Procter and Gamble
Research papers on topics like Procter and Gamble are often difficult to write. We help get you started. For example, an author, in the article, “Procter and Gamble Net Rises 16% on Cost Cuts, Pricier Products”, claims that Procter and Gamble is really doing well in its chosen areas of business. The company has applied a new philosophy for operation, namely cutting cost and competing in the pricier goods market. The results have been spectacular for Procter and Gamble, achieving good sales and high profit margins for last quarter.
Procter and Gamble sells basic consumers products. Some of the goods are well known: Pampers diapers, Crest toothpaste, Pantene hair products, Clairol hair products, Olay skin crèmes, and Max Factor makeup. The company has been pushing hard to bring down costs. The results have been outstanding: 16% rise in net income.
Net income for the quarter is up to $1.04 billion from $0.893 billion for the same period last year.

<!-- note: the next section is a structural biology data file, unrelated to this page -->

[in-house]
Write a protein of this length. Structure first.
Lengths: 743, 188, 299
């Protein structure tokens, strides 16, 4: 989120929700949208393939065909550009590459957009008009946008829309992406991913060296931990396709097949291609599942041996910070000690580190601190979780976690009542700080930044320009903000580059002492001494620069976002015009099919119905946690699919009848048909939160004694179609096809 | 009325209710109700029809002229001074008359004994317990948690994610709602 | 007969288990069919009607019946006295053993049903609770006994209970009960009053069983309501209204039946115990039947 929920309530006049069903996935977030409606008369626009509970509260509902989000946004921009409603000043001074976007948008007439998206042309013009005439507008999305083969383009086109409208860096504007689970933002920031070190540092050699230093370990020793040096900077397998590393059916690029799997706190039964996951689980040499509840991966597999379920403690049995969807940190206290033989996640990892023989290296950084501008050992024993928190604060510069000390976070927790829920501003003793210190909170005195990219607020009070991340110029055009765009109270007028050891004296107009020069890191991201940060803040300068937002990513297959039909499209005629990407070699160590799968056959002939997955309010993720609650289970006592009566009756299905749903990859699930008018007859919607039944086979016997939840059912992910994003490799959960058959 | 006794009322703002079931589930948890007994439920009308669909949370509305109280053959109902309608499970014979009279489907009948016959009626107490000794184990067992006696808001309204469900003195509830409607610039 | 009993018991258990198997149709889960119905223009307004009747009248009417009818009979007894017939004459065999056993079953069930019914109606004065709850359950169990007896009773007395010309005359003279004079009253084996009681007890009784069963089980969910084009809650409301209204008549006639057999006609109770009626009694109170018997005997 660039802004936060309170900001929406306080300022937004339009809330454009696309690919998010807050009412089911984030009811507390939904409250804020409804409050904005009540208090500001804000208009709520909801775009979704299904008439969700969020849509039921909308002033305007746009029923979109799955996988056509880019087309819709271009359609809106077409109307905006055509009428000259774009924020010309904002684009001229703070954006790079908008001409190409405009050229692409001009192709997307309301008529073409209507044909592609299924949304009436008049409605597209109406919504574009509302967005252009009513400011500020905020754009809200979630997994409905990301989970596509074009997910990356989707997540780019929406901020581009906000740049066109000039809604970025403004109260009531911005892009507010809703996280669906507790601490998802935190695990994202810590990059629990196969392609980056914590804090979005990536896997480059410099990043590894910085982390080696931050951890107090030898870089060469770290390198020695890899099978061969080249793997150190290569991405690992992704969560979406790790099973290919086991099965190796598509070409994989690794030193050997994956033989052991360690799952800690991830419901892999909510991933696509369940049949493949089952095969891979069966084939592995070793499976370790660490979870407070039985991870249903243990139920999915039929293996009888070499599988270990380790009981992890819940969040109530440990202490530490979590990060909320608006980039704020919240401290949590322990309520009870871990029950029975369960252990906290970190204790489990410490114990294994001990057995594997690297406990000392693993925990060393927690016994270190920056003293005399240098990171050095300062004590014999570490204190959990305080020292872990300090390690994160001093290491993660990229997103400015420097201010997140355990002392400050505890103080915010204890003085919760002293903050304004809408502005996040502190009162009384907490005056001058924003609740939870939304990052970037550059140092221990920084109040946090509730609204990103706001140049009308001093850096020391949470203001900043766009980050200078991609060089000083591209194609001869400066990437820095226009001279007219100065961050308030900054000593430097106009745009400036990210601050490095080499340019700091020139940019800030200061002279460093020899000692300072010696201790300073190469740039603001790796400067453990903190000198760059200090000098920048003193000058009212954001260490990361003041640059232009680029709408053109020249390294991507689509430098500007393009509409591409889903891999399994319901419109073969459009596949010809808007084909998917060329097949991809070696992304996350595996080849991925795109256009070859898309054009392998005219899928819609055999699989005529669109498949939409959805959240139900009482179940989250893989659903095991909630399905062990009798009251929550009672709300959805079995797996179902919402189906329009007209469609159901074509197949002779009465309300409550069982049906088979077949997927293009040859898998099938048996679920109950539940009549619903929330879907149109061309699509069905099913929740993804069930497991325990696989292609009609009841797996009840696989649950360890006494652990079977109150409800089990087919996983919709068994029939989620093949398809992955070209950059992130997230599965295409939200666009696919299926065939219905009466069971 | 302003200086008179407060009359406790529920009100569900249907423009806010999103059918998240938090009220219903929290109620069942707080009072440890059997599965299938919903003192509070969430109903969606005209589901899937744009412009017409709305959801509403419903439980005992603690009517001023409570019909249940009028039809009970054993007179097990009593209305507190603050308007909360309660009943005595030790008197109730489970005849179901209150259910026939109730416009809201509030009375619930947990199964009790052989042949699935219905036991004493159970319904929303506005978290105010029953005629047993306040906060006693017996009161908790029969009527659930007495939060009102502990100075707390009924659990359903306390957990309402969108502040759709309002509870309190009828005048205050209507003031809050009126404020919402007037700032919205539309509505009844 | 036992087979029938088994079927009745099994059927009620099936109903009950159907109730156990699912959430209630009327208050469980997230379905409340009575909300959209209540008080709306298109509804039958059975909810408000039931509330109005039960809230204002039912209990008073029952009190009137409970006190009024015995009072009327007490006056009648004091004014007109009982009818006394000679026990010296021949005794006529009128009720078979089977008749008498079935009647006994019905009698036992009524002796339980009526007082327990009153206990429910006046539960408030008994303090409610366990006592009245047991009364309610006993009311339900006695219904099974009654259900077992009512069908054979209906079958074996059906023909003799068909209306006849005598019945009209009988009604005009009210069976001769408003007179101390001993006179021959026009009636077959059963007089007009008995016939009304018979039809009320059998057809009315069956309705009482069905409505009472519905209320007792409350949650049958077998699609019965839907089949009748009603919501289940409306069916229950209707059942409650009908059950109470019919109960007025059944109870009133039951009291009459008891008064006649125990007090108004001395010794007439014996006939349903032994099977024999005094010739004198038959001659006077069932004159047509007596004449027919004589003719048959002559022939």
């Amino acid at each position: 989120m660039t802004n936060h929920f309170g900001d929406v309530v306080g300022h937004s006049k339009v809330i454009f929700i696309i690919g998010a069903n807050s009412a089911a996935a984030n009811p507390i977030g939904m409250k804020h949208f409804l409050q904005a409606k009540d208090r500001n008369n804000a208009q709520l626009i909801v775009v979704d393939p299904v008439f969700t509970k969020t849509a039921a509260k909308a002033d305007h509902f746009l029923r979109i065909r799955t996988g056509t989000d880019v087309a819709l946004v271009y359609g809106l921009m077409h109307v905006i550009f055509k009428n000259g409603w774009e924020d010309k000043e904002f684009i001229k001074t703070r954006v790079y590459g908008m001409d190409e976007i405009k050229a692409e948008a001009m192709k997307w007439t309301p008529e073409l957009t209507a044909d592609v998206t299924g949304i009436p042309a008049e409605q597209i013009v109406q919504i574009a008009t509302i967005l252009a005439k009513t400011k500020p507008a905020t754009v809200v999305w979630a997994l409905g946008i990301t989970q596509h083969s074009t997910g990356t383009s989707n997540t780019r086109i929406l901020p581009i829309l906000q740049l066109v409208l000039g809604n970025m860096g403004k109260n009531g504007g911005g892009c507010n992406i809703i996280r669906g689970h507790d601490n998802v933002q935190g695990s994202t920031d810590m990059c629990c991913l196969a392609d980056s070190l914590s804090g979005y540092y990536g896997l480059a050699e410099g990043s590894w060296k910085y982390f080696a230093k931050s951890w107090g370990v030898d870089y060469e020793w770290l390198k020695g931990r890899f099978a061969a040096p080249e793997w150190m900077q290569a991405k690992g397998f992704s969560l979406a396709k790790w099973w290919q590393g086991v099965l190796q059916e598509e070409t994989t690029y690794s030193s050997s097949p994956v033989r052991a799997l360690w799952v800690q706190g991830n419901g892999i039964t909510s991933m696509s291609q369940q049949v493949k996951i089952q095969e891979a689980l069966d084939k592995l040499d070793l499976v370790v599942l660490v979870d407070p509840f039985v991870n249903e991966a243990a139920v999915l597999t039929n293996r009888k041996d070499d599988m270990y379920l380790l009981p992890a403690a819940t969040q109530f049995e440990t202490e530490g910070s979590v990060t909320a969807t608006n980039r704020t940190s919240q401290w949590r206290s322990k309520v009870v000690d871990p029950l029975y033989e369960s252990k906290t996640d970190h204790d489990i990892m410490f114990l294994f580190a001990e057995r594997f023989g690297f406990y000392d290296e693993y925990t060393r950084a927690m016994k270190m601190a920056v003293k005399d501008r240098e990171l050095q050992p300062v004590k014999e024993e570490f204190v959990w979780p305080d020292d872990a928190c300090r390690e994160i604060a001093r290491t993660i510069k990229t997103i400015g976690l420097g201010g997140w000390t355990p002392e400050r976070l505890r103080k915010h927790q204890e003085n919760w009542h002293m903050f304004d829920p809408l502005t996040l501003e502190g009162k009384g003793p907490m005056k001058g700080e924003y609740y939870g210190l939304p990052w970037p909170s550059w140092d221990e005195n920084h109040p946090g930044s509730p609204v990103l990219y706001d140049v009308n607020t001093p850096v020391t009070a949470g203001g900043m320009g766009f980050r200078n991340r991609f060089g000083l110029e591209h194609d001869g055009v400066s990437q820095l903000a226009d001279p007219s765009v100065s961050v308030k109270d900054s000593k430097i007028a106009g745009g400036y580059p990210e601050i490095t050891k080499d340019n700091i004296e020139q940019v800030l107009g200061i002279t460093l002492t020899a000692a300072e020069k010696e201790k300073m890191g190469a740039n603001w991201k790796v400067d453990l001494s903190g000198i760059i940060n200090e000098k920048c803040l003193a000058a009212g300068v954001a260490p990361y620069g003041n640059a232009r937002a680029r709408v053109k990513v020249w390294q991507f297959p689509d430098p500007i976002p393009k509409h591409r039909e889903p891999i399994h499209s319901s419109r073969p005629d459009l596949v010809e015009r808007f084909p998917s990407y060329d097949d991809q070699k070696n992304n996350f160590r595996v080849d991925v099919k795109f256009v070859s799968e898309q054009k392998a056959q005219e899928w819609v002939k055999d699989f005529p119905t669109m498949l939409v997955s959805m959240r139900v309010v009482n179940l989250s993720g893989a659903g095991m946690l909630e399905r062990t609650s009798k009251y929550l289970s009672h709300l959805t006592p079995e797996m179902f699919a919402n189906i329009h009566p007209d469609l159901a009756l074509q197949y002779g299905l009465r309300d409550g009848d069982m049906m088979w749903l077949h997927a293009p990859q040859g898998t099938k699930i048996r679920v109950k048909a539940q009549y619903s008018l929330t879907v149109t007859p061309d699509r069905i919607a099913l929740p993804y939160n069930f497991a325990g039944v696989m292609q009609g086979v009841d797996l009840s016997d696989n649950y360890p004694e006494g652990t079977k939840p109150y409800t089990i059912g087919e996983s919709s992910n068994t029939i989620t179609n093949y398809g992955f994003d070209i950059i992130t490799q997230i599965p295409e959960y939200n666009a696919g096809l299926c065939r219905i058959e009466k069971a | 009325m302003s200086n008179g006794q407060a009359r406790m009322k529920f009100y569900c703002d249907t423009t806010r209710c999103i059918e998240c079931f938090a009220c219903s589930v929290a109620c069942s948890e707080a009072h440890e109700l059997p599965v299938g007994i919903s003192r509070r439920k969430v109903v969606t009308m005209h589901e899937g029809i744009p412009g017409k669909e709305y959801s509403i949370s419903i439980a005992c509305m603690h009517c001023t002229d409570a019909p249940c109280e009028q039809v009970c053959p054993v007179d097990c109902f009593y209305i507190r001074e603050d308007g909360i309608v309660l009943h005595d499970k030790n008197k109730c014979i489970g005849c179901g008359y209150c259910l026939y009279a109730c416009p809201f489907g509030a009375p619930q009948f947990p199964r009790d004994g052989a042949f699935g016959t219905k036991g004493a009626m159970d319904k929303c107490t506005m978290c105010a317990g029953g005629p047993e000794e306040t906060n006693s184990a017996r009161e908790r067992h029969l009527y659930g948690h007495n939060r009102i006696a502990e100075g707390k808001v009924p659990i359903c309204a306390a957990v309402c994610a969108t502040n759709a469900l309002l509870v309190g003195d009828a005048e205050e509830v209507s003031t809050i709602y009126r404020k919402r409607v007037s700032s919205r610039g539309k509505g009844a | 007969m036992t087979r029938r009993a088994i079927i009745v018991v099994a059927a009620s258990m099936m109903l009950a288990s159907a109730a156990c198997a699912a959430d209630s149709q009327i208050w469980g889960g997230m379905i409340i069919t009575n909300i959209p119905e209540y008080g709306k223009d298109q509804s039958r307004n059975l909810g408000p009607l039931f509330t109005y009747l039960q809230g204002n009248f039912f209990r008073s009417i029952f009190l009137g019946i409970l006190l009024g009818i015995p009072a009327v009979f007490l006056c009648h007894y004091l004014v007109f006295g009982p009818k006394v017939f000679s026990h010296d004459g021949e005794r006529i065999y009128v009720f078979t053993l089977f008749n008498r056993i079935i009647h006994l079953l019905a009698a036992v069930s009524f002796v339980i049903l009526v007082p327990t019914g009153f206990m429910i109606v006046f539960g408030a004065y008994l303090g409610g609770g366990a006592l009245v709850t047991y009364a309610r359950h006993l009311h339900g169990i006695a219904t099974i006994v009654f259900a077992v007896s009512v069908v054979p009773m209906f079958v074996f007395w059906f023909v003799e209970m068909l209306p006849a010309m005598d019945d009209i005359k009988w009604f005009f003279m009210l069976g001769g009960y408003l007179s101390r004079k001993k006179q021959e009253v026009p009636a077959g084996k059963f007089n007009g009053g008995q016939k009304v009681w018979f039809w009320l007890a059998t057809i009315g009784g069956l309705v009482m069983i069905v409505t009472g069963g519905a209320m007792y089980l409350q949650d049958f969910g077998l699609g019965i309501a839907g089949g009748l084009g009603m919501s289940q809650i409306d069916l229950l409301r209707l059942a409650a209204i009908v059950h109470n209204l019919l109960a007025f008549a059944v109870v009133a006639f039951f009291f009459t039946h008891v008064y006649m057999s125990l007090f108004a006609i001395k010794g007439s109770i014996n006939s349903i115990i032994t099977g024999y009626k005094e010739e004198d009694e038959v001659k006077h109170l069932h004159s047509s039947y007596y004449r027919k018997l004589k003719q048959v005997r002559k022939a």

Net income is also up 74 cents per share compared to 63 cents per share for the same period last year.
But the company has also made efforts to compete in pricier products, like the newer versions of Olay products and Max Factor makeup. The results from those efforts have been equally notable:
4% rise in sales from last quarter.
Total sales for the quarter up to $9.9 billion from $9.5 billion from a year ago.
Overall, Procter and Gamble’s efforts in being more competitive have paid off. The stock hit a 52 week high in mid-April reaching $92.74 per share. “Since taking over the Cincinnati Company in June 2000, Mr. Lafley has shed and purchased brands, looking to concentrate on higher margin products and P&G’s biggest brands”.
Procter and Gamble is making the right decision to concentrate on pricier products. Firstly, since Procter and Gamble operate in mature markets, shampoo and makeup, it must concentrate on higher end products. For the lower end products, the life cycle is nearly complete. Thus, Proctor and Gamble is receiving much competition from at home and abroad. The lower end products are standardized and require only minimal technology.